who is optimistic
for continued Boston growth.
BOSTON-The commerical real estate industry has faced many changes over the years, and the best news is that it has yet to finish adapting. More women, for instance, should be taking on prominent roles and new technologies are creeping into everyday industry interactions. Cassidy Turley’s senior vice president Linda McDonough spoke with Globest.com about her views regarding women in the field, and the ever-increasing importance and prominence of social media. Want to follow her on Twitter? Check out @CassidyTurleyMA for her insight on the Boston market and more.
1. How do you think commercial real estate firms can benefit from using social media and how have you used it as part of your job?
Social media is a great tool for commercial real estate experts to promote their knowledge and experience and position their firms as industry thought leaders by sharing relevant industry information. Another benefit of using social media is that it allows firms to strengthen their relationships with existing clients and prospects by showcasing the firm’s expertise and engaging in meaningful dialogue. At Cassidy Turley, I have spearheaded the use of a variety of social media platforms for the Boston office, including Twitter, LinkedIn and blogs, all of which have helped us build brand awareness and drive business leads. By utilizing these tools, we have positioned Cassidy Turley Boston as a CRE expert and developed key relationships with current and prospective clients, industry leaders and influential professionals. Social media has also made it easier for us to keep our clients informed about the CRE market within and outside of Boston, as it’s a great way to share local and national real estate news and trends.
2. How are commercial real estate firms primarily communicating information, deals, etc. these days and what new developments have you seen?
Commercial real estate firms are typically slow in adopting new technologies. However, during the past year, I have seen more and more firms combining traditional public relations with social media strategies to maximize their reach and share deals and media placements across a variety of channels, including Facebook, Twitter, LinkedIn, blogging Google+ and YouTube. This allows firms to take these initial media hits and turn them into conversations with clients and external audiences, fostering a level of communication and engagement that would not be possible with just traditional media.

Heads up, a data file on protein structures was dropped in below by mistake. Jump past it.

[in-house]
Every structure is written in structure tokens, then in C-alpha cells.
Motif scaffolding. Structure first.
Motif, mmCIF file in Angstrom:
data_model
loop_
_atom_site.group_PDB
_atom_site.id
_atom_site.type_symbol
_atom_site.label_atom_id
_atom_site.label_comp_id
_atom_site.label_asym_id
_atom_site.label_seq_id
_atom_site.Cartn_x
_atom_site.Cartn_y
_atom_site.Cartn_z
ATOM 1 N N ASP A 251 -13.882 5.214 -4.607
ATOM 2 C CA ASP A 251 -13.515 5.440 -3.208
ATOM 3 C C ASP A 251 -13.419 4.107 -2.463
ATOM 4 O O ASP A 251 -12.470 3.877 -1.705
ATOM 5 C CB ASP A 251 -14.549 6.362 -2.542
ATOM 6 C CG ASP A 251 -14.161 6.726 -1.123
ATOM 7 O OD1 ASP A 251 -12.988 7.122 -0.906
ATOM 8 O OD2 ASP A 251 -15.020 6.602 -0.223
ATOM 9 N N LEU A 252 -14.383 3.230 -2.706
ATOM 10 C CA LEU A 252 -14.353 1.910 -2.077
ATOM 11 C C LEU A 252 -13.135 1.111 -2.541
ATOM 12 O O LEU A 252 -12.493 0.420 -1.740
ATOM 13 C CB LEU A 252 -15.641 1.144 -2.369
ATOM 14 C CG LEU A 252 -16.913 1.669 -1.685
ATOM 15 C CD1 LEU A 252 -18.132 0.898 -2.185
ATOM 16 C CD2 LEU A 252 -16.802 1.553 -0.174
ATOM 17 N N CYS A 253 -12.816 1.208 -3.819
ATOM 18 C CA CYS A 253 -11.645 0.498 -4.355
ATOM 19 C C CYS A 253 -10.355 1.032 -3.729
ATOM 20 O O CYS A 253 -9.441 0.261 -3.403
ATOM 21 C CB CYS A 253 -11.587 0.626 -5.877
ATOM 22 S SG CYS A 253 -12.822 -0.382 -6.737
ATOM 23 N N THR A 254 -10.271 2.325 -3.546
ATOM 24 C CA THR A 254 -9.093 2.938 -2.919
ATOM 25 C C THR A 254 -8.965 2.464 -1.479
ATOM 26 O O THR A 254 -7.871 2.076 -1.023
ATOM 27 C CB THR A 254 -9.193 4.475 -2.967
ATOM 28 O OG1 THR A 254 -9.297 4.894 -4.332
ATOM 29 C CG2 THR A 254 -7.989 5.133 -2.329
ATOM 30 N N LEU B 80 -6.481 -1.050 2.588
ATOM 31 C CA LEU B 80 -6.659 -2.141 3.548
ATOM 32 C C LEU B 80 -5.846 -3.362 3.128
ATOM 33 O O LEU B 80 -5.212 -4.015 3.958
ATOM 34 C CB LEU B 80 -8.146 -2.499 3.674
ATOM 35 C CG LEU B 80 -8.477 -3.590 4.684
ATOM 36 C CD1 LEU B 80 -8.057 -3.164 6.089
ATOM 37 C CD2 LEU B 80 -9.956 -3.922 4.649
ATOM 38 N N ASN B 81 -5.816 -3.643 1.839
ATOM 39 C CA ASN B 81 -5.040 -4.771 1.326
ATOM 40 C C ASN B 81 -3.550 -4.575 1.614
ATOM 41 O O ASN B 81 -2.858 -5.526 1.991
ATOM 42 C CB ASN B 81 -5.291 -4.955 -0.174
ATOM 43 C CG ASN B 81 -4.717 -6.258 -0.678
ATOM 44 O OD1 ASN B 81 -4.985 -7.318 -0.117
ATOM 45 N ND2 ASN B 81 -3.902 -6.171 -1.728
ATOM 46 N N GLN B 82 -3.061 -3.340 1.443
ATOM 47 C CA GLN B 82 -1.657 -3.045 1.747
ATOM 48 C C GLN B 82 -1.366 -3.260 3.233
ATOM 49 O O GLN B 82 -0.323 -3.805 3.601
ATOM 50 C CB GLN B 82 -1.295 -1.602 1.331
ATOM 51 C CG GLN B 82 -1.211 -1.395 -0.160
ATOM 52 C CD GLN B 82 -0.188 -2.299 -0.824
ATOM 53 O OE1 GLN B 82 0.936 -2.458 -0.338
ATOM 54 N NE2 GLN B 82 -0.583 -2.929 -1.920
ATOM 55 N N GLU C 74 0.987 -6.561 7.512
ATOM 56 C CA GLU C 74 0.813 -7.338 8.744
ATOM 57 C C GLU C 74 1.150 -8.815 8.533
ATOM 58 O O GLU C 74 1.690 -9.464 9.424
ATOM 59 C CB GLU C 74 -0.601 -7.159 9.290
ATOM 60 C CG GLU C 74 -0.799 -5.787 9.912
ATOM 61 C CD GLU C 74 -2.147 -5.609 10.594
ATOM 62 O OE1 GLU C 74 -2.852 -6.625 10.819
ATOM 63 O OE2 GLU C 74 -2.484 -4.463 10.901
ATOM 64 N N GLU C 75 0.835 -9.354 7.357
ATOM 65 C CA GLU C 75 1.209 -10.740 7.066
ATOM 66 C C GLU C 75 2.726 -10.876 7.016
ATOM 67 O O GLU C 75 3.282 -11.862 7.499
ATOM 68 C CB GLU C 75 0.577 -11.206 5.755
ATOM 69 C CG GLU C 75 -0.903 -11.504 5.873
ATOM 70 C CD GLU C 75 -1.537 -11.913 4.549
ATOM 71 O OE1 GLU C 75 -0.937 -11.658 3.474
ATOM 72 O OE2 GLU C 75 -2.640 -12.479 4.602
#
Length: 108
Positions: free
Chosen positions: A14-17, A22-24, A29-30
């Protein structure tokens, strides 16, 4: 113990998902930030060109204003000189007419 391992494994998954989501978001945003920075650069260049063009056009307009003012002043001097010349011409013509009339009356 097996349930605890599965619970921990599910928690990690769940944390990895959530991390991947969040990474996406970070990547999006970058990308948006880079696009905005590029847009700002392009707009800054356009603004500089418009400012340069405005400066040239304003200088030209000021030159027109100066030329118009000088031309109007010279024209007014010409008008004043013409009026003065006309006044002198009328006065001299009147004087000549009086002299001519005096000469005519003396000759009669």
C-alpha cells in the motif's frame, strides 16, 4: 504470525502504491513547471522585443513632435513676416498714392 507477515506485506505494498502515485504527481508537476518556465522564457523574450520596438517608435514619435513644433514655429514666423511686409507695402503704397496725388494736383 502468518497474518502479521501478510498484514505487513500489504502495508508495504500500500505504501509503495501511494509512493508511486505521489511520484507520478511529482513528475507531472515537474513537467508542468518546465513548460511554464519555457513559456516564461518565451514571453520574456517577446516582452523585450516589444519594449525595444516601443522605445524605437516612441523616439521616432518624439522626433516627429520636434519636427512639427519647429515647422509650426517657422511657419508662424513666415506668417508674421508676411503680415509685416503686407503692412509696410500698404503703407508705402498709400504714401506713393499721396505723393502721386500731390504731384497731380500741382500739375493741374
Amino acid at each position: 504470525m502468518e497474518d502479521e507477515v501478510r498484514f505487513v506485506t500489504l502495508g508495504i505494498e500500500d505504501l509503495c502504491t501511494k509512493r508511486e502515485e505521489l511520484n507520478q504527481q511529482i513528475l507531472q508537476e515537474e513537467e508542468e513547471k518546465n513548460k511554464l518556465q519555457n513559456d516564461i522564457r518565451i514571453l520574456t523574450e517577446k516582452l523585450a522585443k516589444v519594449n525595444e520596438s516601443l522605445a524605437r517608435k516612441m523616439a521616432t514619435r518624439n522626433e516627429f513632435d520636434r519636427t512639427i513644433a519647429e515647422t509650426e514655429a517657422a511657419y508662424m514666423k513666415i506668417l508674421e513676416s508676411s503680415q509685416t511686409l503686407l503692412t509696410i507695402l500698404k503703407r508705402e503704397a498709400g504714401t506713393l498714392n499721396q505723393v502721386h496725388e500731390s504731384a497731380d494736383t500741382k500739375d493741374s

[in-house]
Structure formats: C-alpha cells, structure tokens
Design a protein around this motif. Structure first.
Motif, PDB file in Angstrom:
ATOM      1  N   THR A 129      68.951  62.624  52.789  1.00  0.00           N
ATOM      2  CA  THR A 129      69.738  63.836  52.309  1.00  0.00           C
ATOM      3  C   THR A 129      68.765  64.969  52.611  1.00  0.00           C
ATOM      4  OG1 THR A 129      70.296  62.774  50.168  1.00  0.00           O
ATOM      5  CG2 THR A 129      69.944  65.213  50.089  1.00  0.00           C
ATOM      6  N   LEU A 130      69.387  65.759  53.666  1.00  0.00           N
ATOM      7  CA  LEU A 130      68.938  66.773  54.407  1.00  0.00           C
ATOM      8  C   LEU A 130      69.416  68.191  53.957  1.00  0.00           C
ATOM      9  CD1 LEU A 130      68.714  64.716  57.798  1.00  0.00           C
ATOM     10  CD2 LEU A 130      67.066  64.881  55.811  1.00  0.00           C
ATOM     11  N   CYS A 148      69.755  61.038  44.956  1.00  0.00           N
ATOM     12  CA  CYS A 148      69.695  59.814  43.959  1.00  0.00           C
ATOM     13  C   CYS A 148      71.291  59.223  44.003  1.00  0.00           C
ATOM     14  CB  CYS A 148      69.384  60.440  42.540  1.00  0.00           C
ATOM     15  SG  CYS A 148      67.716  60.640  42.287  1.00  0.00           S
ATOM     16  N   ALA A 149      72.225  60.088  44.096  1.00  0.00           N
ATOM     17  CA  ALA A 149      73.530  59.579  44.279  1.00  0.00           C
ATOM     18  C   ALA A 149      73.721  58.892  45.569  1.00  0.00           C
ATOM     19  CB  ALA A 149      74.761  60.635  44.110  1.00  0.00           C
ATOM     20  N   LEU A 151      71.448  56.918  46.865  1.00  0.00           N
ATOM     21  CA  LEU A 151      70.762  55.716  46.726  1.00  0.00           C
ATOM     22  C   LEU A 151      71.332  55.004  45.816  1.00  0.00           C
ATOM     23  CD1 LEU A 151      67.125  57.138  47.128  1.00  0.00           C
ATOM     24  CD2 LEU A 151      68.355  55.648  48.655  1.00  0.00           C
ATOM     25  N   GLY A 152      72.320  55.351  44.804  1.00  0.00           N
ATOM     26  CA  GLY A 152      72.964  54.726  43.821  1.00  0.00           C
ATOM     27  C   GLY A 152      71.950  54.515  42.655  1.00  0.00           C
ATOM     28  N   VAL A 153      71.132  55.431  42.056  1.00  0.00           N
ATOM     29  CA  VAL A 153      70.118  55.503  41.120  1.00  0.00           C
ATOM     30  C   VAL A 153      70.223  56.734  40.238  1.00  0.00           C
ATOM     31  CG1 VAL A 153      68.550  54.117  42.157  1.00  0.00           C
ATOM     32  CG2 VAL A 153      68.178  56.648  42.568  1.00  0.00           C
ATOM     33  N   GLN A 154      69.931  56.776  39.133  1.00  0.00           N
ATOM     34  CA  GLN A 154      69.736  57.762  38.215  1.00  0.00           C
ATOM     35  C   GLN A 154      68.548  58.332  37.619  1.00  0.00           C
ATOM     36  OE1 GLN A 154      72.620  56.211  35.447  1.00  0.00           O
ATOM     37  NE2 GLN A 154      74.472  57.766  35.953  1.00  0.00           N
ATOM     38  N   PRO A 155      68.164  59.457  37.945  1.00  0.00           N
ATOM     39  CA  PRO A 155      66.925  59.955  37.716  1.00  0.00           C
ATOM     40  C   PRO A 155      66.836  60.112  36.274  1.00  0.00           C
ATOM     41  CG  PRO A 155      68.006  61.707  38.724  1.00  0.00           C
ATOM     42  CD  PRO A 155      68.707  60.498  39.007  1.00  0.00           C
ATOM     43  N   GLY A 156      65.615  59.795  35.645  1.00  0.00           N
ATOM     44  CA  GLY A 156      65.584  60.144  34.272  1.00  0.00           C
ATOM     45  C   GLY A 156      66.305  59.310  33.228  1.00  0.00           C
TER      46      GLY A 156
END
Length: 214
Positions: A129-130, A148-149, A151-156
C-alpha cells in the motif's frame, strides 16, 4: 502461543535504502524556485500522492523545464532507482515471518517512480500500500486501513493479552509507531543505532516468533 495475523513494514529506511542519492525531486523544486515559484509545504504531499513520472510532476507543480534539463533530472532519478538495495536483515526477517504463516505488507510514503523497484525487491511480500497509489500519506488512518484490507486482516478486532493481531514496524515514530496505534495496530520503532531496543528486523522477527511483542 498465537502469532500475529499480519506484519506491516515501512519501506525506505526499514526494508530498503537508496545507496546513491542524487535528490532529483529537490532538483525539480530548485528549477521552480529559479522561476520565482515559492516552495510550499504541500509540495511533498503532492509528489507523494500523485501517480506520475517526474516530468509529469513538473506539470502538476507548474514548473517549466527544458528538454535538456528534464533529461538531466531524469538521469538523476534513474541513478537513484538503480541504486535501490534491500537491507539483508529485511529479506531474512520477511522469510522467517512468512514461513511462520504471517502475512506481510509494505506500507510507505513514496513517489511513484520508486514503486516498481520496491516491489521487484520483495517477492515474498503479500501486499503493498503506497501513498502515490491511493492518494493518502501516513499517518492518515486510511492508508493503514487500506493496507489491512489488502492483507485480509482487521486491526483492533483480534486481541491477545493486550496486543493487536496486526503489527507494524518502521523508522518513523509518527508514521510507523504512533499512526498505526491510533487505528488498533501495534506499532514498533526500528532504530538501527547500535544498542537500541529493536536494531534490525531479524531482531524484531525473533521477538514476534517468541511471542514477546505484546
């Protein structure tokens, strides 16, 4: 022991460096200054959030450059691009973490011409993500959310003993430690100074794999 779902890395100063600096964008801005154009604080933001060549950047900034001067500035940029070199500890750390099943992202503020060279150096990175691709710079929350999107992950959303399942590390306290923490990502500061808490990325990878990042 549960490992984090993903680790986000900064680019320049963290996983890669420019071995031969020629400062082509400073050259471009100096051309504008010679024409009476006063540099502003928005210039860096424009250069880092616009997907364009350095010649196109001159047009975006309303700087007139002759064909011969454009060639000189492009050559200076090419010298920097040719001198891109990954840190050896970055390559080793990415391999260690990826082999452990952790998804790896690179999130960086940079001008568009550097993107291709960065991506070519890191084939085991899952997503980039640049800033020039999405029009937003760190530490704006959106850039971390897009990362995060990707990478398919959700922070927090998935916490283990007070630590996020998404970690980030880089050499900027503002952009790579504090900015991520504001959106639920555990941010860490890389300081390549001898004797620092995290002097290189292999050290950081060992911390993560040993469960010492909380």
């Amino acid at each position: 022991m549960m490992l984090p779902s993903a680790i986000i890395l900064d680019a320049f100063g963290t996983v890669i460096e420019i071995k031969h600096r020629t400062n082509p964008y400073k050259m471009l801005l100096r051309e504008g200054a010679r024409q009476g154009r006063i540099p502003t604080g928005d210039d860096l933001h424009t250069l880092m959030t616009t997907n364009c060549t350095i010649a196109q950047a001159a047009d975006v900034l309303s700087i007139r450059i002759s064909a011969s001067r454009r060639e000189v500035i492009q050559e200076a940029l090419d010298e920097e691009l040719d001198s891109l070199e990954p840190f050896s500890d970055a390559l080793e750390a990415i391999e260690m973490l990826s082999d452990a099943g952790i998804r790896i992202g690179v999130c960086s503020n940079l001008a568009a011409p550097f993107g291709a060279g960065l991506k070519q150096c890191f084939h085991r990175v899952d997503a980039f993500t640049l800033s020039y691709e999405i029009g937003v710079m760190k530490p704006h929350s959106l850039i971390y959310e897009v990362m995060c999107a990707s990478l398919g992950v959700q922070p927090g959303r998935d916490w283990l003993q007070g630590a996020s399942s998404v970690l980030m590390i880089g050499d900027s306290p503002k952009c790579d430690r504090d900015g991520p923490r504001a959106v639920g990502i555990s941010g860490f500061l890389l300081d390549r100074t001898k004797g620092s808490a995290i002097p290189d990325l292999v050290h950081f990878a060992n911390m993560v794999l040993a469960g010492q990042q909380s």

3. As a woman in the industry, how easy or difficult is it for other women to move ahead with their careers? How has this changed over time?
I believe women are making great strides in their commercial real estate careers today because there are a higher number of senior female executives who can take younger women under their wings and mentor them. When I started working in commercial real estate 15 years ago, this was not the case. Today there are many more opportunities for women to succeed not only in the brokerage role but in marketing, lending and development as well. Cassidy Turley has embraced a forward thinking approach to providing opportunities for women in the workplace through sponsorships such as The CREW Network Bridging the C-Suite Gap: Executive-Level Mentoring Program, which helps women fill more leadership roles within the company.
4. In what ways do you think that commercial real estate could welcome a wider range of women into roles with significant responsibilities?
In addition to having senior female executives serve as mentors for young women in the industry, we need to make more of an effort to reach out to young women in universities across the country, regardless of their major, and encouraging them to consider real estate as a career field. We cannot cultivate female leaders without first providing them with the solid foundation of education and training that they need to shine in this industry. If more young women decide early in their college careers that they want to enter commercial real estate, they will have time to hone the theoretical and practical skills they need to succeed. Once these young women move into leadership roles, they can mentor the next generation of leaders, allowing the cycle to continue year after year.
5. How do you expect that the industry will shift going in to 2013? What would you say is your New Year’s “wish list” for commercial real estate?
Boston is one of the fastest growing commercial real estate markets in the country, and we’re hoping it will continue to grow in 2013. As talks about the fiscal cliff continue, it’s hard to know what the future holds for real estate, but Boston seems to be in a good place. Construction spending is on the rise here, so more building projects could mean an increase in the number of commercial properties available, which is always good news for us. My New Year’s “wish list” would include two items. First, I would like to see Boston’s commercial real estate market continuing to grow and leading the way for the national real estate recovery. Second, I hope Boston’s commercial real estate market will continue attracting the top-tier tenants it has during the past several years. With the high rents and low vacancies we are seeing in areas like East Cambridge and in certain exits along Route 128, it seems that the demand for space is as strong as ever, and I hope it continues to strengthen in the New Year.